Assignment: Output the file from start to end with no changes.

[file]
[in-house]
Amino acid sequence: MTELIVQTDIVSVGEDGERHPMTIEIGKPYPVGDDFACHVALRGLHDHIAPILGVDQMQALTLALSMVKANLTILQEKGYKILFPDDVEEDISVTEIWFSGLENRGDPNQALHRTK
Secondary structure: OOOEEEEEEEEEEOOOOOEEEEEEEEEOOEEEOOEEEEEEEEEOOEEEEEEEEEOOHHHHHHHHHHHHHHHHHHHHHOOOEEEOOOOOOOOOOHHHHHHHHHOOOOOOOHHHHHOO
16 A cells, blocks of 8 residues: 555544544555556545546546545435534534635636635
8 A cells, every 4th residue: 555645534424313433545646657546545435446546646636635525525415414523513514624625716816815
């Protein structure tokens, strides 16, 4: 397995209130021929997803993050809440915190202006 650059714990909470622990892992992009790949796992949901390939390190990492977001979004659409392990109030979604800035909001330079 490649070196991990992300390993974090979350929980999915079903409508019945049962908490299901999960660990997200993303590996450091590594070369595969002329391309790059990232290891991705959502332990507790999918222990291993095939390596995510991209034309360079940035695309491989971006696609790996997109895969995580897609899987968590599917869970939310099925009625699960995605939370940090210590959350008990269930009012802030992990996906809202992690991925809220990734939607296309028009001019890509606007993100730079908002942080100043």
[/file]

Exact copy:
[in-house]
Amino acid sequence: MTELIVQTDIVSVGEDGERHPMTIEIGKPYPVGDDFACHVALRGLHDHIAPILGVDQMQALTLALSMVKANLTILQEKGYKILFPDDVEEDISVTEIWFSGLENRGDPNQALHRTK
Secondary structure: OOOEEEEEEEEEEOOOOOEEEEEEEEEOOEEEOOEEEEEEEEEOOEEEEEEEEEOOHHHHHHHHHHHHHHHHHHHHHOOOEEEOOOOOOOOOOHHHHHHHHHOOOOOOOHHHHHOO
16 A cells, blocks of 8 residues: 555544544555556545546546545435534534635636635
8 A cells, every 4th residue: 555645534424313433545646657546545435446546646636635525525415414523513514624625716816815
């Protein structure tokens, strides 16, 4: 397995209130021929997803993050809440915190202006 650059714990909470622990892992992009790949796992949901390939390190990492977001979004659409392990109030979604800035909001330079 490649070196991990992300390993974090979350929980999915079903409508019945049962908490299901999960660990997200993303590996450091590594070369595969002329391309790059990232290891991705959502332990507790999918222990291993095939390596995510991209034309360079940035695309491989971006696609790996997109895969995580897609899987968590599917869970939310099925009625699960995605939370940090210590959350008990269930009012802030992990996906809202992690991925809220990734939607296309028009001019890509606007993100730079908002942080100043």